Oprea shared, “Stress causes so many symptoms in your body that it’s sometimes hard to pinpoint how it is affecting you. From sleep to even hair loss, stress will cause havoc on your health. Stress eating is a real thing. There’s a reason why people choose comfort food instead of broccoli (broccoli is not on the current list of de-stressing foods. Ice cream, however, seems to be the yearly number one)!”
Dr. Caroline Apovian, MD, director of the Nutrition and Weight Management Center at the Boston Medical Center, agreed. She added, “Chronic stress heightens cortisol, which prompts the body to overeat to refuel after fighting off a stressor.”
Dr. Apovian recommended that women manage their stress in a healthier way. She said, “Find healthy ways to cope with stress, such as seeking out social support, minimizing or eliminating stressful situations, exercising, and eating a balanced diet.”
You skip breakfast
If you’re trying to lose weight, you may think that skipping breakfast will be a good way to save some calories. Or you may just get busy in the morning and not have time to eat. Unfortunately, foregoing your morning cereal or eggs will set you up to be hungrier throughout the day.
“Breakfast is really the most important meal of the day and skipping food can lead to women feeling hungrier than usual,” nutrition coach, Amanda Sauceda, MS, RDN, CLT, told me in an interview. “Many times women skip breakfast because they are [so] busy getting ready for work, or getting their kids ready for school, that they forget to eat. Not eating breakfast cannot only cause us to feel hungrier later in the day; it can actually lead to overeating.”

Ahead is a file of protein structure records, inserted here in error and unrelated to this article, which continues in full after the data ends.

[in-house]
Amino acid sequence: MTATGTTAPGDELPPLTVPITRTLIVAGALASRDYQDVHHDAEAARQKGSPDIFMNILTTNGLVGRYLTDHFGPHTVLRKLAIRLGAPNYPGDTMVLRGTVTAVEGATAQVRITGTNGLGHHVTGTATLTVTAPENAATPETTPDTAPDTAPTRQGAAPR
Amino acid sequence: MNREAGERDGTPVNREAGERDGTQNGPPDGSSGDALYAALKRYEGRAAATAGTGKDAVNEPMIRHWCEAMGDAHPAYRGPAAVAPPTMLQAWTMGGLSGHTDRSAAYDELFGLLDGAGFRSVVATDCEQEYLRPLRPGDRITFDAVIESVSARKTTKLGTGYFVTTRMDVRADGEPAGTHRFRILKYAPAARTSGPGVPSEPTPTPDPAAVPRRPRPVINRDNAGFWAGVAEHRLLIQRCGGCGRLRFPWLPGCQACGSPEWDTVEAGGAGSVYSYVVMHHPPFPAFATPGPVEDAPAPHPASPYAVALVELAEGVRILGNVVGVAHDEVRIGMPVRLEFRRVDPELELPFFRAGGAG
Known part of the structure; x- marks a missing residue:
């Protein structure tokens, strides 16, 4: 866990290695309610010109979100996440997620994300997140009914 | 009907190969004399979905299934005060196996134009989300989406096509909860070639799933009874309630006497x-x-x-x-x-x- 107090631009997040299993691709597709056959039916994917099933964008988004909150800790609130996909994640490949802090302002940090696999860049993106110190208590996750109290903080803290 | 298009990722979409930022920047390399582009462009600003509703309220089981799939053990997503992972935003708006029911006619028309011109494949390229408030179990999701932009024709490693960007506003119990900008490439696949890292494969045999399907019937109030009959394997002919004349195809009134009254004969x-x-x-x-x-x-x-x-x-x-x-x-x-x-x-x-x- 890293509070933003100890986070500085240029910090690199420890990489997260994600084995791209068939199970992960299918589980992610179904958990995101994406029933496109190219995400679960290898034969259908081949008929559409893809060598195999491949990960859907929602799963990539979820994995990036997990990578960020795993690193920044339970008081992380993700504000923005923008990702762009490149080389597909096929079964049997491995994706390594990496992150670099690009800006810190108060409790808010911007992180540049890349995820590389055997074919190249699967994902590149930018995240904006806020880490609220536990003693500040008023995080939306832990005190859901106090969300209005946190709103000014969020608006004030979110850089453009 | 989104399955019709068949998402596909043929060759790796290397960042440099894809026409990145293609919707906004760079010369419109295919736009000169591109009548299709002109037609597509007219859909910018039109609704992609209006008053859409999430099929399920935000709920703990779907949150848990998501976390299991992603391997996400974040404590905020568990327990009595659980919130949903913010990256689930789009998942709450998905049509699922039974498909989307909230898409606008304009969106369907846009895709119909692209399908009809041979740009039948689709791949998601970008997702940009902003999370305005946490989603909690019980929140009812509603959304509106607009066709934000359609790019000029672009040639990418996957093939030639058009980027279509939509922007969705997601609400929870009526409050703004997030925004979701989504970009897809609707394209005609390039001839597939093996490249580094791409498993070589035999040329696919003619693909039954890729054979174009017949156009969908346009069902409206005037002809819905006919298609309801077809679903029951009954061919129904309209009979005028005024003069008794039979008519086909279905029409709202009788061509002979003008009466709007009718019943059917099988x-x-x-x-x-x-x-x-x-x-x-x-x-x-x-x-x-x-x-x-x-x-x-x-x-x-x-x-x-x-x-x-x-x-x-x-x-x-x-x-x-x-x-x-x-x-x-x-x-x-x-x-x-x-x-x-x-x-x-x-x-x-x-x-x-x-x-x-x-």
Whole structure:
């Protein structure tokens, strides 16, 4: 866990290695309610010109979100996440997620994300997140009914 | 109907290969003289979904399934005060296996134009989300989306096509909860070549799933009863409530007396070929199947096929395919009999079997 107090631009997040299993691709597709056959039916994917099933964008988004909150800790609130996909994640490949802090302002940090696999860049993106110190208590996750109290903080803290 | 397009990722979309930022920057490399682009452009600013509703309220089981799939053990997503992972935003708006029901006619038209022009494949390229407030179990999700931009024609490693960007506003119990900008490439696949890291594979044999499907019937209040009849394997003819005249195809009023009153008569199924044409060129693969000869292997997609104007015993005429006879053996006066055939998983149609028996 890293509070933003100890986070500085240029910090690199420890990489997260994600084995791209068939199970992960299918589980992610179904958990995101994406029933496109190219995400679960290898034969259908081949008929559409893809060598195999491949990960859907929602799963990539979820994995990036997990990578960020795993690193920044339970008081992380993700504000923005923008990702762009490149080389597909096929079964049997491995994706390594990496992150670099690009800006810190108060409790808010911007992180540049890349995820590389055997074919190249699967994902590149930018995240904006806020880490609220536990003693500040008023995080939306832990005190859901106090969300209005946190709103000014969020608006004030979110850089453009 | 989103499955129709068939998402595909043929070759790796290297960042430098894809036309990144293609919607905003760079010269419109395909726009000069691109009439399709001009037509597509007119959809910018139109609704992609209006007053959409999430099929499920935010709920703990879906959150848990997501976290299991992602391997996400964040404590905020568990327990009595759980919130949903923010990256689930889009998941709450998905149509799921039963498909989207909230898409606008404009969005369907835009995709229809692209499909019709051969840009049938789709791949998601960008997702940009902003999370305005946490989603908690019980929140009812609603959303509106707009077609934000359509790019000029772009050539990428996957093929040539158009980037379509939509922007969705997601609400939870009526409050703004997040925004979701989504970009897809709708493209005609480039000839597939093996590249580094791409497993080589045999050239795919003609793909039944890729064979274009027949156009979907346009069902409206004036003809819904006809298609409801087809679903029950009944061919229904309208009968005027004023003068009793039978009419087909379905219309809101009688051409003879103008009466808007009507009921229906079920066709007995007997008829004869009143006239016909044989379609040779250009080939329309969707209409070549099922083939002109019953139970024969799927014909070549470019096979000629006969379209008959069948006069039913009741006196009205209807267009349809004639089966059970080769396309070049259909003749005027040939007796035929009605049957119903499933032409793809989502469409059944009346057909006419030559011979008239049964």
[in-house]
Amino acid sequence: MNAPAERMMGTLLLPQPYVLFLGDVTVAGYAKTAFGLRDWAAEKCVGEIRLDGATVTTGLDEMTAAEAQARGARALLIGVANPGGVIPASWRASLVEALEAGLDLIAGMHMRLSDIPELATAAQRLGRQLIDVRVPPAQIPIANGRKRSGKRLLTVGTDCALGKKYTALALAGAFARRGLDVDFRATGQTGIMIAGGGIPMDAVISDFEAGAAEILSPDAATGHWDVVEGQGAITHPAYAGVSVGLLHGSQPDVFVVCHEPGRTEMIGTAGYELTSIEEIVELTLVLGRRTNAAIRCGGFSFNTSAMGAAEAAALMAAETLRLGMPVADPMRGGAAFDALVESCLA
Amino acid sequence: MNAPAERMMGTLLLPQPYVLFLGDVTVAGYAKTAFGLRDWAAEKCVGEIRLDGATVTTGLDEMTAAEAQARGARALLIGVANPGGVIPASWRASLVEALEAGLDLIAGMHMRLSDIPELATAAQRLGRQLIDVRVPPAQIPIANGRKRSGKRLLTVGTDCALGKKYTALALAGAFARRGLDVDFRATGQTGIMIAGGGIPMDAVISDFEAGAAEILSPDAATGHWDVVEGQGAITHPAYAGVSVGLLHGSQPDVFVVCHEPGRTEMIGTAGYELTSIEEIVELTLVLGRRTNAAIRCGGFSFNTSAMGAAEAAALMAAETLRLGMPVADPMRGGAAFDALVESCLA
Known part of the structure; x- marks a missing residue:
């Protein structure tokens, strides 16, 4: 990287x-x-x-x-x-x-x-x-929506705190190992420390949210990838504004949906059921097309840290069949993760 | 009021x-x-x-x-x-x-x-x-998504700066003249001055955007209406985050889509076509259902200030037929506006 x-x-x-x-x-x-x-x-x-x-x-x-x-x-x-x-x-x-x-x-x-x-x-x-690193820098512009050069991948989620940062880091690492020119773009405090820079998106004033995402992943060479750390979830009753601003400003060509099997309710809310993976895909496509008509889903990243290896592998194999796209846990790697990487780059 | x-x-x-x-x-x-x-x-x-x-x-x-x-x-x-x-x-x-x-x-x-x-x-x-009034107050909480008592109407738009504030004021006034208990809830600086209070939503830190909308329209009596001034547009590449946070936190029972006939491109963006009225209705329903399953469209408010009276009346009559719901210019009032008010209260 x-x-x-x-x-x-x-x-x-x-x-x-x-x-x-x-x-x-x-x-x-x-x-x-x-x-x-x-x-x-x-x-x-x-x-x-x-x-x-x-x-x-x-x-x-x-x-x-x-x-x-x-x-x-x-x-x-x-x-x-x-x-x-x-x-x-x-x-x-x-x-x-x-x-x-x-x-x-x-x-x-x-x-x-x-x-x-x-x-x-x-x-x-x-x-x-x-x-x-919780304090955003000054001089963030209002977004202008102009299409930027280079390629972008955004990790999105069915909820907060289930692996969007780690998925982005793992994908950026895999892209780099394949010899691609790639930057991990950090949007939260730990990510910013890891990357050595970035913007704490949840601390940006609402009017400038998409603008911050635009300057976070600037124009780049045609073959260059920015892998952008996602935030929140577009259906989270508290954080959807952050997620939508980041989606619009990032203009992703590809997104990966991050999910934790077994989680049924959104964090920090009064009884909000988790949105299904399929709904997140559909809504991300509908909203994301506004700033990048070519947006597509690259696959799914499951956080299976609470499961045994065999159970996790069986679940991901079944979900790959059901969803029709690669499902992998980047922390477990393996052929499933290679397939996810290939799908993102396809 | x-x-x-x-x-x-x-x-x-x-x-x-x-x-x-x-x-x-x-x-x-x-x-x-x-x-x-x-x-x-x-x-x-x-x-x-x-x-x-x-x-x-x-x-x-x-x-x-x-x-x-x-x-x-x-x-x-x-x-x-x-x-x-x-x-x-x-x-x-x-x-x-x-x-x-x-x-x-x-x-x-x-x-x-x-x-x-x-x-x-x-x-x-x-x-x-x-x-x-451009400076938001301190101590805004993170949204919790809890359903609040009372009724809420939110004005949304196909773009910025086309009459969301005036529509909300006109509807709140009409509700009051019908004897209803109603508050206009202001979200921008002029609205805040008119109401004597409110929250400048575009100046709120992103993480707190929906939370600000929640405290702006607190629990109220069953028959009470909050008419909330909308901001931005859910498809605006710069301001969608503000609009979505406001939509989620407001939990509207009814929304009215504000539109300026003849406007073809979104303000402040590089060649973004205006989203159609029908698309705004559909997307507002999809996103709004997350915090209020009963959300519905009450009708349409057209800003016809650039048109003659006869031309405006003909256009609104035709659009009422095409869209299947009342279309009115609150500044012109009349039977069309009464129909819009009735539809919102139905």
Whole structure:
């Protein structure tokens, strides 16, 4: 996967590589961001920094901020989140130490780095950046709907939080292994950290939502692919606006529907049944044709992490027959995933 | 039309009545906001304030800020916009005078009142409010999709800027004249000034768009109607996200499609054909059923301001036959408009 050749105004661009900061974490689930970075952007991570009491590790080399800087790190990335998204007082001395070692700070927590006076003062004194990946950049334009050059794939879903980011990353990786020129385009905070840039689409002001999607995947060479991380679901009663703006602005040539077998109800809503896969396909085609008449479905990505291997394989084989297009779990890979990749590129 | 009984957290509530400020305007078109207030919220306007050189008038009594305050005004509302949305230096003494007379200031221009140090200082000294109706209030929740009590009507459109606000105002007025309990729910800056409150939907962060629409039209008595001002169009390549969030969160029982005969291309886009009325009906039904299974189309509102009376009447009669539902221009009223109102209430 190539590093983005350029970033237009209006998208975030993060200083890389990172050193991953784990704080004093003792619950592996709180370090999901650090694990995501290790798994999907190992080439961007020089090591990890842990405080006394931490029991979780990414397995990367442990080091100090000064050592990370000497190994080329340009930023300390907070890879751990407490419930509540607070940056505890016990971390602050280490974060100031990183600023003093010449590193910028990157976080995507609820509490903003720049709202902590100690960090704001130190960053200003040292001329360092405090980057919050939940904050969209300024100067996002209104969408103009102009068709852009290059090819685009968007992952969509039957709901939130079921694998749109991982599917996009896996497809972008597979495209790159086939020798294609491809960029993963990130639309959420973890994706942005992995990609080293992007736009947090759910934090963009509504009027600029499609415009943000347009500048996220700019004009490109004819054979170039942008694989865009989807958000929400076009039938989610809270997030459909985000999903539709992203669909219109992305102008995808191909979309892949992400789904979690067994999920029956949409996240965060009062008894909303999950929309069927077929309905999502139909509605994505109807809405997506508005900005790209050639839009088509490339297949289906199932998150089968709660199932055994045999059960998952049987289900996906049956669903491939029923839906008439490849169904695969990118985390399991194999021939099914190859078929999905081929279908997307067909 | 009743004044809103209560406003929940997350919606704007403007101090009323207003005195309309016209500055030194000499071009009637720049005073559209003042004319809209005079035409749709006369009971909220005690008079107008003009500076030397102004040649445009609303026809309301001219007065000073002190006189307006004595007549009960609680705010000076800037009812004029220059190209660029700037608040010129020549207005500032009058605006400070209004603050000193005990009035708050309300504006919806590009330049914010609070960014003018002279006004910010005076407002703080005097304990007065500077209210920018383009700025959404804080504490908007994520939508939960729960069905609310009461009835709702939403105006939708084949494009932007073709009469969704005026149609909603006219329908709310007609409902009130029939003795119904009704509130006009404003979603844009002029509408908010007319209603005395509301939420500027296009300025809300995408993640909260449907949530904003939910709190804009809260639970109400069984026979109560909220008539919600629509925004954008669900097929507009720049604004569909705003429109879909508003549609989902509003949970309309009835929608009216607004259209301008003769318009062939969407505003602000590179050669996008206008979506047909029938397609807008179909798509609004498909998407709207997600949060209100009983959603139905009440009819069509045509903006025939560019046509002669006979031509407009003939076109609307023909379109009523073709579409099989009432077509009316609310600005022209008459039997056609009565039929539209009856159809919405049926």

If you’re too busy to eat before work, slip a granola bar into your bag and eat it on the go. This will set you up to feel more satiated throughout the day. Sauceda recommends, “Eat breakfast even if you aren’t hungry. Eating breakfast will not only help [you] get [your] nutrients for the day but it can help curb hunger later in the day.”
You don’t eat enough protein
Do you include protein in every meal? Do you keep protein-rich snacks around, like hard-boiled eggs and turkey cold-cuts? If you’re subsisting mainly on carbs, lack of protein may be the cause of your hunger.
Sauceda told me, “Protein is needed for everything from healthy skin and hair, to hormones. Many of us reach for snacks that are grain-based, and while carbohydrates are important, it is protein that helps keep us from feeling ravenous. Protein is one of the most satiating nutrients.”
Sauceda recommended eating a lot more protein throughout the day. She suggested, “Include protein with every meal and snack. The protein will help not only keep you full but also help with regulating blood sugar.”
Amanda L. Dale, MEd, MA, personal trainer, nutritionist and wellness coach, agreed. She added, “Many of my female clients tend to undereat protein and overeat carbohydrates — leading to lethargy, higher body fat levels, and fatigue. A higher-protein diet — combined with vegetable carbohydrates, and healthy fats — can improve muscle tone, raise energy levels, and help you wake up feeling more rested and light.”